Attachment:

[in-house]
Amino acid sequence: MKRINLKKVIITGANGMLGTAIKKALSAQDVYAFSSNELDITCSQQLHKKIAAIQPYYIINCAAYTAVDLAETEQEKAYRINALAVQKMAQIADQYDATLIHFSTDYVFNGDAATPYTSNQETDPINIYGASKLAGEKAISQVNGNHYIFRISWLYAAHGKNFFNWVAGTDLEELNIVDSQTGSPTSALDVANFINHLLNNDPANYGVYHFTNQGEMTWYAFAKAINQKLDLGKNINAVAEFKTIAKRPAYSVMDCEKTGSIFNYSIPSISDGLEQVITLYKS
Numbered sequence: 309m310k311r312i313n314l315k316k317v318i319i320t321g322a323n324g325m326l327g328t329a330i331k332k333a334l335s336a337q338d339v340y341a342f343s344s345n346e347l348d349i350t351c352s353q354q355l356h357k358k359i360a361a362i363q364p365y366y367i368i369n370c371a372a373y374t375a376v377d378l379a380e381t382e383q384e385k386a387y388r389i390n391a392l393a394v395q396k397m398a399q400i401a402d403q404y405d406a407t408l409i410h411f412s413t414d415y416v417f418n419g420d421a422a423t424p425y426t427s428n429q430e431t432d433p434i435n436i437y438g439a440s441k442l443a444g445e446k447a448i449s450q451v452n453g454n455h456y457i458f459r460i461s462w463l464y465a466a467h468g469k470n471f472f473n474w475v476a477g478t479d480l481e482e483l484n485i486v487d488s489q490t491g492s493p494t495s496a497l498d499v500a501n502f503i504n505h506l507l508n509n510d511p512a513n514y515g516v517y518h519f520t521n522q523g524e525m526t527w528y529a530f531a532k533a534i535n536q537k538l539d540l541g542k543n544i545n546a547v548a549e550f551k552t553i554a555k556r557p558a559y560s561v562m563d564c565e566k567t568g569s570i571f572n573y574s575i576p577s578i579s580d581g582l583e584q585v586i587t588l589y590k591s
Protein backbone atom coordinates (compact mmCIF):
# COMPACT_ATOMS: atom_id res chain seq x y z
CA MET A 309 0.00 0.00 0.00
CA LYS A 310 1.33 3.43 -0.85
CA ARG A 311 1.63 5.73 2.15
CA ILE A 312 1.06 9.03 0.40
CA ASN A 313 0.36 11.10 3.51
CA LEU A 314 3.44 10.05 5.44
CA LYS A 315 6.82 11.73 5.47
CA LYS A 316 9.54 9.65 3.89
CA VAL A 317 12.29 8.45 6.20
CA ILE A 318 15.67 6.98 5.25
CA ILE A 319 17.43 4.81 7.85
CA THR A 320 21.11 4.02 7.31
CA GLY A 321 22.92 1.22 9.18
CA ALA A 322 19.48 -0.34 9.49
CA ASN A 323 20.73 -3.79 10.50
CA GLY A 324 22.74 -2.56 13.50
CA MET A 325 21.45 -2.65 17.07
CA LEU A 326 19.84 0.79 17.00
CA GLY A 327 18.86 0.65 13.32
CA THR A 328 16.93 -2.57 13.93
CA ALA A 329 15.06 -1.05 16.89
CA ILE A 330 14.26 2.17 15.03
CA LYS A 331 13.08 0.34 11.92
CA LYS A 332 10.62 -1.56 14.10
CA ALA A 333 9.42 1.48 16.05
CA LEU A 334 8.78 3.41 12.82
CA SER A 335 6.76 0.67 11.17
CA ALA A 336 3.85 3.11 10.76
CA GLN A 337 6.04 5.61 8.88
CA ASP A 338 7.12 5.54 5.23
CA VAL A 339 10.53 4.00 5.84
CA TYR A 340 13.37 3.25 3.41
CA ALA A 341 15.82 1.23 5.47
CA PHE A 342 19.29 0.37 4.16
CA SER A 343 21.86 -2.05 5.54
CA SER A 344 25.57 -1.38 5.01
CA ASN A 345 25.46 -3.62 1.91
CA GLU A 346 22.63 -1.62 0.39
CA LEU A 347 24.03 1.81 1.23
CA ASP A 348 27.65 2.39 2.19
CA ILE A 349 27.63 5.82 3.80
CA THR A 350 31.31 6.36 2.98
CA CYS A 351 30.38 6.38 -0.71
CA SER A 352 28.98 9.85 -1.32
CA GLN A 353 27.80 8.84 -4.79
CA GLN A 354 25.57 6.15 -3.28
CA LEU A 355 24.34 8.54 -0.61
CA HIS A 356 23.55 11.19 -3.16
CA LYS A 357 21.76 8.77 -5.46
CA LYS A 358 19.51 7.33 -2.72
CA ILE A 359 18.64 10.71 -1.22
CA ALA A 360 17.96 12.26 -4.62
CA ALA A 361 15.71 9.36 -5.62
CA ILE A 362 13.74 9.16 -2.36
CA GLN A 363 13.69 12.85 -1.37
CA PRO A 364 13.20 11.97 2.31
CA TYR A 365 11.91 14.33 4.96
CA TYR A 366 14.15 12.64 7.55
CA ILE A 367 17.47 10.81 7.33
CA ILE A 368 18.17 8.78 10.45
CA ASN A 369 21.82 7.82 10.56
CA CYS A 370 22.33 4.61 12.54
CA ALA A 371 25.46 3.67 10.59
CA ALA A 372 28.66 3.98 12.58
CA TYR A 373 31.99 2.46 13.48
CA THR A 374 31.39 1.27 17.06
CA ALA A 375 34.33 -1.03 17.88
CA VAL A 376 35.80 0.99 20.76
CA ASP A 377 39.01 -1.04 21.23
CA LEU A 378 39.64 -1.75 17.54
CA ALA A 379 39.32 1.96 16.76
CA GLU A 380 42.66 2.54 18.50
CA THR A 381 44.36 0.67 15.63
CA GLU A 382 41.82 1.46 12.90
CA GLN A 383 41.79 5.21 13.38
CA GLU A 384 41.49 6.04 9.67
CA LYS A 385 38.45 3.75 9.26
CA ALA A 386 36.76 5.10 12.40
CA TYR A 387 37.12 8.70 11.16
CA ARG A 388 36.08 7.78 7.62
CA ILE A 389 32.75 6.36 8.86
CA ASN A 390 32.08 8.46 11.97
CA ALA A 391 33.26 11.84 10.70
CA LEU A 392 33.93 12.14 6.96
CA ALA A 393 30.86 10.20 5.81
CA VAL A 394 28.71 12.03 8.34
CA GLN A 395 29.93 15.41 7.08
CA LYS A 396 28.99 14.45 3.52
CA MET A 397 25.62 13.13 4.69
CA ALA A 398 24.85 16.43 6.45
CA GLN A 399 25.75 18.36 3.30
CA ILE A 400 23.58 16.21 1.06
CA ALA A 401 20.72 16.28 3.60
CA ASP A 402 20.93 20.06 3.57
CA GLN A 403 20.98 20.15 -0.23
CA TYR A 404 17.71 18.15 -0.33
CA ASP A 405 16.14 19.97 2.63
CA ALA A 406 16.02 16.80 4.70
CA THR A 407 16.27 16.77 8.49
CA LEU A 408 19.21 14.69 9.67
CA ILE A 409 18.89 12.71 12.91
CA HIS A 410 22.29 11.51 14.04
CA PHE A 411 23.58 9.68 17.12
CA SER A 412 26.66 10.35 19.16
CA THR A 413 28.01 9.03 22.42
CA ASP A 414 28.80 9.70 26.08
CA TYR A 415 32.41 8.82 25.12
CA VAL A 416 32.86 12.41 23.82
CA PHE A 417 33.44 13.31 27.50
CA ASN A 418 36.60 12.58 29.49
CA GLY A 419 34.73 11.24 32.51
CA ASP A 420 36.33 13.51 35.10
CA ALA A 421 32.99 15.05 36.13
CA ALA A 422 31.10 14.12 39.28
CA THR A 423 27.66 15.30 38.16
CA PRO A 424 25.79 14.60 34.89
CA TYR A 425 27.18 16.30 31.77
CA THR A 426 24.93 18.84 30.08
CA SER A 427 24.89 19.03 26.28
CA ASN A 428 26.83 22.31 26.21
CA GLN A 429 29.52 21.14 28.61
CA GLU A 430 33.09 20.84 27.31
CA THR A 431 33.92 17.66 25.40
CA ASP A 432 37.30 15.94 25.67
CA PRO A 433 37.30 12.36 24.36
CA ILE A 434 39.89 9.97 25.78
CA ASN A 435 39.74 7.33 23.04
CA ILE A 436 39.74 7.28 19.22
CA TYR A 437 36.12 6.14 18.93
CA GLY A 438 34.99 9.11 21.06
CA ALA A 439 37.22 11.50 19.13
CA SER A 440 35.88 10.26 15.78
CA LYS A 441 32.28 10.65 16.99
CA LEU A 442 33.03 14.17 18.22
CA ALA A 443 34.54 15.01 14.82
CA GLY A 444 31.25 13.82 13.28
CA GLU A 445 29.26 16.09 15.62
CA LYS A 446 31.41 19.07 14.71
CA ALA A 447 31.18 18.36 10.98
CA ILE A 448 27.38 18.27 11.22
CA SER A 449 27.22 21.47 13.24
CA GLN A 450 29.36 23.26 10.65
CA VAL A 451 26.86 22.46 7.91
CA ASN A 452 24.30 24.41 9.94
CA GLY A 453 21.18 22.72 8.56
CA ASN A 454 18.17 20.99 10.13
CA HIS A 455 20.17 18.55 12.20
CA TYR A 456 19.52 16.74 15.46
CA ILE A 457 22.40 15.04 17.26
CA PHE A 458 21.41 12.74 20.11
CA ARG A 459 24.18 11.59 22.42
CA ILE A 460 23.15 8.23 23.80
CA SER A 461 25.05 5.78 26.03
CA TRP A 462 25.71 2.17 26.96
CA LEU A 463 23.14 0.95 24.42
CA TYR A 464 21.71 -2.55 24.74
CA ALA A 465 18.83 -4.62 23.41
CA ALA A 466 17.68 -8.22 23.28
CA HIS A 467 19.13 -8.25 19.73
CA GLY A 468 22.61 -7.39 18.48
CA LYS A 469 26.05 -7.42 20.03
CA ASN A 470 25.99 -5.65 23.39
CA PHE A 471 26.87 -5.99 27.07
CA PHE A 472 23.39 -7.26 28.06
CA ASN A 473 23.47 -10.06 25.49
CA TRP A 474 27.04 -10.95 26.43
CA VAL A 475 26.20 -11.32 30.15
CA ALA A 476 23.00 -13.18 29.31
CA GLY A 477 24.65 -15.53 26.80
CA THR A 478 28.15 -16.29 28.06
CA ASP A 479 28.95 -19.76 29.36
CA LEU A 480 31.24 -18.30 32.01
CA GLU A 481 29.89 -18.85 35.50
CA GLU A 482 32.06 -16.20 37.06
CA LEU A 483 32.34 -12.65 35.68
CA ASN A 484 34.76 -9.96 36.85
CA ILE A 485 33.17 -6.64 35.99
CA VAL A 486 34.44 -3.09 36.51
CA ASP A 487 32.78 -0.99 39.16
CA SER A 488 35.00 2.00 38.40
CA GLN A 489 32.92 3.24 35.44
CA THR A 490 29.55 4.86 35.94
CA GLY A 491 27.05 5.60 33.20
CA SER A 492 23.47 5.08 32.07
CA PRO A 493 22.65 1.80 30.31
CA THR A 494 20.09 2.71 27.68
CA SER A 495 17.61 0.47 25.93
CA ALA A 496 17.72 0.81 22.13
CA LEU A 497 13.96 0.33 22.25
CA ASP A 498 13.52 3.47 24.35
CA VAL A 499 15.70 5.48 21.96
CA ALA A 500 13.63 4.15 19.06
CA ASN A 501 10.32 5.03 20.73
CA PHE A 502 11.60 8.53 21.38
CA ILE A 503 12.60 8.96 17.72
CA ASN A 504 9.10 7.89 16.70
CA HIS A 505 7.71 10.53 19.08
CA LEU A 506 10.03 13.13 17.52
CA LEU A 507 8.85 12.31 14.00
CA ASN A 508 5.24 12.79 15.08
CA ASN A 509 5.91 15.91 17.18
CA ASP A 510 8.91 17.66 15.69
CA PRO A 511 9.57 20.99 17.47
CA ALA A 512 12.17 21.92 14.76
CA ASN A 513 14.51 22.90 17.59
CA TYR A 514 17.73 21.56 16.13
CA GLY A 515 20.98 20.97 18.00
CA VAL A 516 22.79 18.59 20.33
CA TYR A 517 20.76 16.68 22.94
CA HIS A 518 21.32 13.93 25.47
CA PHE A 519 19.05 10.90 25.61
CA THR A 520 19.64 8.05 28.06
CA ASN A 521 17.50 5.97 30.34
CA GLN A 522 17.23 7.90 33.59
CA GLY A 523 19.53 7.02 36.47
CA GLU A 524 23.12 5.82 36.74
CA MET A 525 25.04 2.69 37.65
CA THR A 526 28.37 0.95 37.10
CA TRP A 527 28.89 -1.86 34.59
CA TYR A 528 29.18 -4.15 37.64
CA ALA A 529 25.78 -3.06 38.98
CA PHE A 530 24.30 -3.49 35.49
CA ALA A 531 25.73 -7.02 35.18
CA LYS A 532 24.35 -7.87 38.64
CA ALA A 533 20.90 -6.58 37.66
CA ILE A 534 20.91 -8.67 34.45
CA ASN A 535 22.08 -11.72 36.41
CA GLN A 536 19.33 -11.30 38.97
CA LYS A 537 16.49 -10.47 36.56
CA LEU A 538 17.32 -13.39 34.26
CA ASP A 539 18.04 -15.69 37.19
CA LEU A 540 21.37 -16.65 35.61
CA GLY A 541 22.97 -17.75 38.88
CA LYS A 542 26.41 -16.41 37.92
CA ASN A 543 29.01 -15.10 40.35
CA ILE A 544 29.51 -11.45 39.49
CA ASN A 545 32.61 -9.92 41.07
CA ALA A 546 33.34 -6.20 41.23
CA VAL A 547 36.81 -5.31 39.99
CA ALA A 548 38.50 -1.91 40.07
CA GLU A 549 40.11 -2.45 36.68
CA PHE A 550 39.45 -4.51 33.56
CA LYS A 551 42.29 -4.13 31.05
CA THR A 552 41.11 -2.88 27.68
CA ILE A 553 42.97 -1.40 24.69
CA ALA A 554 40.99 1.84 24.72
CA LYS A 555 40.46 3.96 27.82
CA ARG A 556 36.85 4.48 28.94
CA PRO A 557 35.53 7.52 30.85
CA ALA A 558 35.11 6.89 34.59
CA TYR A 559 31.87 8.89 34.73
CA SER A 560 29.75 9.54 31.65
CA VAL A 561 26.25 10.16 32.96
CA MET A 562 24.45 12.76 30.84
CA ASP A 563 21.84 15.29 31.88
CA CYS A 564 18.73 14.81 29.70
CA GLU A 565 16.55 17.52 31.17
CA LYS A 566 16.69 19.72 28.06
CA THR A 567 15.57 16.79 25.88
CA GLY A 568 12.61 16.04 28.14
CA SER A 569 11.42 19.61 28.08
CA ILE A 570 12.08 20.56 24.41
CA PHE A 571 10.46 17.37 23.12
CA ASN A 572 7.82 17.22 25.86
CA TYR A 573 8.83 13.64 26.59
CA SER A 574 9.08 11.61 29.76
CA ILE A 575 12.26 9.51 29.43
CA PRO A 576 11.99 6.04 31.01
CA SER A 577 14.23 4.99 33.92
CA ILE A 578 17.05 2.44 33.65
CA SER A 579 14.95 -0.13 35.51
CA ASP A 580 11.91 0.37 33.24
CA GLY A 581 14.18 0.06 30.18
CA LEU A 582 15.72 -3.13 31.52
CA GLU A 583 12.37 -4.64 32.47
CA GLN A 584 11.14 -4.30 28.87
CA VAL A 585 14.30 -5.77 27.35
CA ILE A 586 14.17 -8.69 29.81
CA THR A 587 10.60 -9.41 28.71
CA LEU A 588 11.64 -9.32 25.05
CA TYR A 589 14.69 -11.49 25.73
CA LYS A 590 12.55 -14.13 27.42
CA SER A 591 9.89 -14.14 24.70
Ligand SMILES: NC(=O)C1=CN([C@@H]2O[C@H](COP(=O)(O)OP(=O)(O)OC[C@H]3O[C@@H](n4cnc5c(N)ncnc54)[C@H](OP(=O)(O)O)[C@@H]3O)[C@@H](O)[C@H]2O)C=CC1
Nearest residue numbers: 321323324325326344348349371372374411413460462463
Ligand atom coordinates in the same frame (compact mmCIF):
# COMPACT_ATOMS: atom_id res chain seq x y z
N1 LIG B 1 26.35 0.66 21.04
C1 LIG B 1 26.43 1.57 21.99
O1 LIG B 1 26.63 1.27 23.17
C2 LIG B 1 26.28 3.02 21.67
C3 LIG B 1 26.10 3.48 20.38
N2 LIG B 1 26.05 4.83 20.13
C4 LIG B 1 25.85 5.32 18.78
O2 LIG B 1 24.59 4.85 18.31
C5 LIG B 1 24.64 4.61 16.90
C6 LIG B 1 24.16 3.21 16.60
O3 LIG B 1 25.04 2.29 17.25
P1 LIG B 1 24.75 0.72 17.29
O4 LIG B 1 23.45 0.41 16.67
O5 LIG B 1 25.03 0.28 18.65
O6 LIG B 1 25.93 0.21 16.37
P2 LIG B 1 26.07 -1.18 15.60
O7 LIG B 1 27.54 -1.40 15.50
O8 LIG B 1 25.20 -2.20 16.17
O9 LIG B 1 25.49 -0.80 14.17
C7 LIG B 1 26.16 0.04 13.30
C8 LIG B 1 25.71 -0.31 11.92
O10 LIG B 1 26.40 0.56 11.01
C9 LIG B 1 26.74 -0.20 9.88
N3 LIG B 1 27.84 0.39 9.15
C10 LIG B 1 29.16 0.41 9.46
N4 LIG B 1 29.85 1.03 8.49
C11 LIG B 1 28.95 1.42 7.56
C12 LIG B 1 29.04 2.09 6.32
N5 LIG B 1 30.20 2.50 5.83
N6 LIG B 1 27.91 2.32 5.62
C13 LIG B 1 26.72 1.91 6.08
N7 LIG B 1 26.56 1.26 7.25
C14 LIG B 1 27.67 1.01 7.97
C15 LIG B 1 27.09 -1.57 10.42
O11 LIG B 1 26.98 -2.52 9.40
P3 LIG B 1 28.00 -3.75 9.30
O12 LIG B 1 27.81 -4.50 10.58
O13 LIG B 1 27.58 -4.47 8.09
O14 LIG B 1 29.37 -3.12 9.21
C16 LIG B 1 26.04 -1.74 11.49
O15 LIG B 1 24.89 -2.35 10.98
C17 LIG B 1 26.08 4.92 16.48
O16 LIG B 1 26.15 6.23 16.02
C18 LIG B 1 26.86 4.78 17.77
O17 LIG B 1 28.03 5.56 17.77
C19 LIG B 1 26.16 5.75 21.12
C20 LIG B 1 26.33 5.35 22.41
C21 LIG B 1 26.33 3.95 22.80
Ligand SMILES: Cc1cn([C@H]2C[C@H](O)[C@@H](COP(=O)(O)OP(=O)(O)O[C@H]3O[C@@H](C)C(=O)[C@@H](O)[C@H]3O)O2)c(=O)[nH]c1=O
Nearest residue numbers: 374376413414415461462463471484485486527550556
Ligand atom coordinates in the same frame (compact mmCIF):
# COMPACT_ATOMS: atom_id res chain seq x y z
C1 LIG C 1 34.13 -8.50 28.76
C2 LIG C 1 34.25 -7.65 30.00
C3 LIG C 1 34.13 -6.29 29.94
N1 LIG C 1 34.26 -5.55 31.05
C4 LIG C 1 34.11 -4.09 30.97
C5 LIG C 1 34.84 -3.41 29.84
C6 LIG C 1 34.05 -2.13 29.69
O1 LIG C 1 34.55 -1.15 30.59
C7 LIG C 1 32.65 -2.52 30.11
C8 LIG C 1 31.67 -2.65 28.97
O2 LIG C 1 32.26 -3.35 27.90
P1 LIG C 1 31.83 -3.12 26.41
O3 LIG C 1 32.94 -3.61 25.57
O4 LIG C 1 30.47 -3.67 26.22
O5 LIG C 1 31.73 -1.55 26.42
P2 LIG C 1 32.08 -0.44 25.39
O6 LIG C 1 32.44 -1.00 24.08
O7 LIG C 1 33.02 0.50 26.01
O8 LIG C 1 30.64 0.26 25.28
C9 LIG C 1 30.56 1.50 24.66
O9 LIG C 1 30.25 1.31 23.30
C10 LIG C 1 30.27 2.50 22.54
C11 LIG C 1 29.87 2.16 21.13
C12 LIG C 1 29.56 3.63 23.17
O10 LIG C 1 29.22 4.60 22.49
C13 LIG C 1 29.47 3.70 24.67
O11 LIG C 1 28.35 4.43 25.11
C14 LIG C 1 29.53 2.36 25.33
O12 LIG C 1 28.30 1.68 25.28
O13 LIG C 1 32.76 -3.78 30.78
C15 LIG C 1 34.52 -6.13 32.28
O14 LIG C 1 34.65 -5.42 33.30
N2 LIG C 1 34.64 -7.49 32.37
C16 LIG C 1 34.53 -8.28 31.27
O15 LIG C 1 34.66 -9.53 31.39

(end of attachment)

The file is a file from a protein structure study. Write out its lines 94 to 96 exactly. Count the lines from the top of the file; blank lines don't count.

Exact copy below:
CA MET A 397 25.62 13.13 4.69
CA ALA A 398 24.85 16.43 6.45
CA GLN A 399 25.75 18.36 3.30